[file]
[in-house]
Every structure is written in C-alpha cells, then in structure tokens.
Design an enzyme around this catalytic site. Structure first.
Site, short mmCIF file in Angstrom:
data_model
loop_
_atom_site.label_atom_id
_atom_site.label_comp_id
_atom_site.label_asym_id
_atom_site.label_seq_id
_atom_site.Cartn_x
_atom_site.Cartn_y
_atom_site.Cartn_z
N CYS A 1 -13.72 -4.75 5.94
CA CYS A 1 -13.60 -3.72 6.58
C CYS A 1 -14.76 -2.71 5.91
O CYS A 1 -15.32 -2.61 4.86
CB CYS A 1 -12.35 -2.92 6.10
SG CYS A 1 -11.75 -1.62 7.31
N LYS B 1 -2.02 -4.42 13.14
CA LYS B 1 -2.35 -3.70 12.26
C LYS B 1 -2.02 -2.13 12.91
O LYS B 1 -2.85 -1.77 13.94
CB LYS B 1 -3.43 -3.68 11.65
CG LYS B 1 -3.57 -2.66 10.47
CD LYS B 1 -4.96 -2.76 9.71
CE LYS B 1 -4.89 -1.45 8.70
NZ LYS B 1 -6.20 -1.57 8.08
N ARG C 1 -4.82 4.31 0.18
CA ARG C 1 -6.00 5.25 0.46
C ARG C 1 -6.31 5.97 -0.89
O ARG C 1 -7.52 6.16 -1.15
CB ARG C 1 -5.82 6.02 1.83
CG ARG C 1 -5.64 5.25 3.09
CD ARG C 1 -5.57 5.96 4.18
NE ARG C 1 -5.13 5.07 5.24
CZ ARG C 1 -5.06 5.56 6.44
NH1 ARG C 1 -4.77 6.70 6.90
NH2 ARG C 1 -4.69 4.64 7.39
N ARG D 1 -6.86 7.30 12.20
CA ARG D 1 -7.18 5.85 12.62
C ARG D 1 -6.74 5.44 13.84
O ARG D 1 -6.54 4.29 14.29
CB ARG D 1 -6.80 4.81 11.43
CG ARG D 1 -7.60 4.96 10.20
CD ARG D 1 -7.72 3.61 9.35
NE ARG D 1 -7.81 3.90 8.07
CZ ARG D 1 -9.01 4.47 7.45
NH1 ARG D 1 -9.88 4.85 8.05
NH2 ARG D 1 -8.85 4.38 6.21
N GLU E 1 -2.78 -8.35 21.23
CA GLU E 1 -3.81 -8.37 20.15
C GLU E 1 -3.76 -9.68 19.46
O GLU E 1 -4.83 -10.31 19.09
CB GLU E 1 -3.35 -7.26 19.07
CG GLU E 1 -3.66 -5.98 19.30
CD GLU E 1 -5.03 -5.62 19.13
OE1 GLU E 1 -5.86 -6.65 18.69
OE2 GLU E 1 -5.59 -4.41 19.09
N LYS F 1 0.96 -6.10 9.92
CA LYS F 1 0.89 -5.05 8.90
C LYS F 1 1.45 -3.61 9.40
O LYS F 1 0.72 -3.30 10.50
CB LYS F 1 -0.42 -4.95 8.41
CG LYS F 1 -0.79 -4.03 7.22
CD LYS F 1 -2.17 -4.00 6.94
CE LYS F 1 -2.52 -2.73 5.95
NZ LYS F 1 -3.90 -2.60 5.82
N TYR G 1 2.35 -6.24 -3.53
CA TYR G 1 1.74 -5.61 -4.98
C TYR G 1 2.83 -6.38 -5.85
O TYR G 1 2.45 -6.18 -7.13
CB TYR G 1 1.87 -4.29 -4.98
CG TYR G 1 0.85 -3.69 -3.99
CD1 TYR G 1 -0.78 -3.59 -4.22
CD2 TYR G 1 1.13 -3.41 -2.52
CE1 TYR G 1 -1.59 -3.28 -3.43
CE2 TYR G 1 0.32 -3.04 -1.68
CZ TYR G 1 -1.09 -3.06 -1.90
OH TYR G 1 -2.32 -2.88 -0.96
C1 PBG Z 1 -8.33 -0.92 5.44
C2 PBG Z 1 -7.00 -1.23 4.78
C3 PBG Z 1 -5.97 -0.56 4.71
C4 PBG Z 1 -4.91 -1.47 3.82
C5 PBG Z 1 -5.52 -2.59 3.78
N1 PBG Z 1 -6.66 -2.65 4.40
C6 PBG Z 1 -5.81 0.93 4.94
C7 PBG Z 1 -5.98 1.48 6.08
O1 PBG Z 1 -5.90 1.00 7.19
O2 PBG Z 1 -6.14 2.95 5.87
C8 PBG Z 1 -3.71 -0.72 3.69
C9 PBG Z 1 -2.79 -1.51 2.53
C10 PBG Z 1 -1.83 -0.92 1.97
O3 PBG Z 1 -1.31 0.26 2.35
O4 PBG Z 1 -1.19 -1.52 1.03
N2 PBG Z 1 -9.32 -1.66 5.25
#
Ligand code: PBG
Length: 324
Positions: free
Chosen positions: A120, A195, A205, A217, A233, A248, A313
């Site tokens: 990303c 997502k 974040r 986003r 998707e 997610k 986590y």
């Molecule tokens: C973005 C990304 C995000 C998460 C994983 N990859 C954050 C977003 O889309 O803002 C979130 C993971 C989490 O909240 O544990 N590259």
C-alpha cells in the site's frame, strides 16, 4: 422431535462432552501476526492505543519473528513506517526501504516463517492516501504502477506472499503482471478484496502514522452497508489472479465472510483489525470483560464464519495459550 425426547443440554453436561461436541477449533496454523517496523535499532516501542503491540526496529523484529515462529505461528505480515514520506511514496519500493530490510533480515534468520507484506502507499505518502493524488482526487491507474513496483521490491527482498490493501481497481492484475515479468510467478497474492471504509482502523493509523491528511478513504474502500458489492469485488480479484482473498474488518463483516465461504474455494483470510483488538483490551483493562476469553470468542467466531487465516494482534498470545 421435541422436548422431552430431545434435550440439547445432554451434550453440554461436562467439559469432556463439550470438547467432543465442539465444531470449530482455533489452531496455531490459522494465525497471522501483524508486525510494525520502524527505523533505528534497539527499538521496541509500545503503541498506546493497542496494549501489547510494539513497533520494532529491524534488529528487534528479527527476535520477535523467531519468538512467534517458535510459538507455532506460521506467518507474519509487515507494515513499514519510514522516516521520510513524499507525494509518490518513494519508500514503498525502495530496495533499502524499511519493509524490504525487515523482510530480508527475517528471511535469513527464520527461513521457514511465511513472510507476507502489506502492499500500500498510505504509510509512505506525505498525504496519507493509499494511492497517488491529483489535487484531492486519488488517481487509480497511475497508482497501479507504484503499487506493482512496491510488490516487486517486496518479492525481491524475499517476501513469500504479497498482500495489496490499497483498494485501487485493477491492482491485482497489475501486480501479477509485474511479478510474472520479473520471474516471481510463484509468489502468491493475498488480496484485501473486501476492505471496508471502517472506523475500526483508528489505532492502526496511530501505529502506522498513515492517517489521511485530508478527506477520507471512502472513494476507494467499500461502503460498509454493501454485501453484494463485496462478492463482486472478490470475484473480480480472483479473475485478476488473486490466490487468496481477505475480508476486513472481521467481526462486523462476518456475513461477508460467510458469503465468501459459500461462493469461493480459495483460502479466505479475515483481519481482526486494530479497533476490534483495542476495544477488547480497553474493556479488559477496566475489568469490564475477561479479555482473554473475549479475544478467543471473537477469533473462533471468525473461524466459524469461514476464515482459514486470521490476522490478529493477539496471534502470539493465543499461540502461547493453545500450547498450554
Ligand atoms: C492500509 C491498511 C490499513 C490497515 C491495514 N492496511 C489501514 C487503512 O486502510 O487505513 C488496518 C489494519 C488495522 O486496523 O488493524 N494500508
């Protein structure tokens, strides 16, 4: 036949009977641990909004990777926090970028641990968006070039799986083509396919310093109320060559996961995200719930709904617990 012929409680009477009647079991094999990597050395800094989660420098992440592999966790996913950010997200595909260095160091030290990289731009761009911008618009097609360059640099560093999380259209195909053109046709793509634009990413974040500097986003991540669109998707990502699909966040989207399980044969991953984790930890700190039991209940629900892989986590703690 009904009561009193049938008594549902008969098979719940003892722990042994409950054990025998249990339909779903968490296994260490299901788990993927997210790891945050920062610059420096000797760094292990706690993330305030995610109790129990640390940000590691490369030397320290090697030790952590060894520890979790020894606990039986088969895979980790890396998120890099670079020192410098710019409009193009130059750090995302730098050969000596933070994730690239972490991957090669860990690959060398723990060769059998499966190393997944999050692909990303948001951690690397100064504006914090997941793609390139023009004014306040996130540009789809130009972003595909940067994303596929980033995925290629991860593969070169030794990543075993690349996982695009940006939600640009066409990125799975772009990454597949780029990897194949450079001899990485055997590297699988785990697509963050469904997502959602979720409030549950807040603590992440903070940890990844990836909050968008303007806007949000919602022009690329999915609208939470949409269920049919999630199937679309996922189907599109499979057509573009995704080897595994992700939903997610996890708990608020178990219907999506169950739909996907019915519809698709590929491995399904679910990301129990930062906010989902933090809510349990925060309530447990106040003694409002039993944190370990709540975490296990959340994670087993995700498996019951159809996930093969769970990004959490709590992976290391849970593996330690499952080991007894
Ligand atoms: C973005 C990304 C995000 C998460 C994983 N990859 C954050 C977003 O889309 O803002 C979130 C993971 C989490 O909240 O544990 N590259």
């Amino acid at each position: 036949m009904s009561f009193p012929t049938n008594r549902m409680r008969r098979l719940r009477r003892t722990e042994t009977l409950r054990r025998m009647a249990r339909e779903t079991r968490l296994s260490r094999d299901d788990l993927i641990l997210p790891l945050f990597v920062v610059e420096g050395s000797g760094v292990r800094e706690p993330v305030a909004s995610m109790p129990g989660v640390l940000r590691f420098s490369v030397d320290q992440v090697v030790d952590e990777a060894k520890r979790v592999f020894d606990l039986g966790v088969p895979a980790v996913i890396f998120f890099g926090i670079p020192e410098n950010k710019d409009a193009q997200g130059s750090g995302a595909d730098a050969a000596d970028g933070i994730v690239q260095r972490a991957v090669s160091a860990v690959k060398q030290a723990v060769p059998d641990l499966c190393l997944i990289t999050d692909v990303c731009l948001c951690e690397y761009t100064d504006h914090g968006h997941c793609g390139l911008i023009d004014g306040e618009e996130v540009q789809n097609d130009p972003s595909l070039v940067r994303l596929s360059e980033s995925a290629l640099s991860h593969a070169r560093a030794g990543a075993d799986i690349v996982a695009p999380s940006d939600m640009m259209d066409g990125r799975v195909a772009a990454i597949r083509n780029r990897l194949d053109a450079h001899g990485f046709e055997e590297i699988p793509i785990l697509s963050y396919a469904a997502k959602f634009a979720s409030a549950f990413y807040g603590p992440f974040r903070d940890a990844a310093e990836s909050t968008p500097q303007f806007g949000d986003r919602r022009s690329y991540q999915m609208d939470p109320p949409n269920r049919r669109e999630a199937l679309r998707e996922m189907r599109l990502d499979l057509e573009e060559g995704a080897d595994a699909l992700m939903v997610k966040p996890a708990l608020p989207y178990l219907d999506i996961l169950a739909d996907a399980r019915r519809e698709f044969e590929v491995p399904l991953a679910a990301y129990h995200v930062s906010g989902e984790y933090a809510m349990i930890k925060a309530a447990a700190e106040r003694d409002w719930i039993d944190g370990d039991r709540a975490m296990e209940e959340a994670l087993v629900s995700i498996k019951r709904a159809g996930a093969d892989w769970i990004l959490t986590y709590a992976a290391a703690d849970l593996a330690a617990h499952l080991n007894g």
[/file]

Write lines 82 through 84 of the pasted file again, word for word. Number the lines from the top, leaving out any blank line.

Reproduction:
C2 PBG Z 1 -7.00 -1.23 4.78
C3 PBG Z 1 -5.97 -0.56 4.71
C4 PBG Z 1 -4.91 -1.47 3.82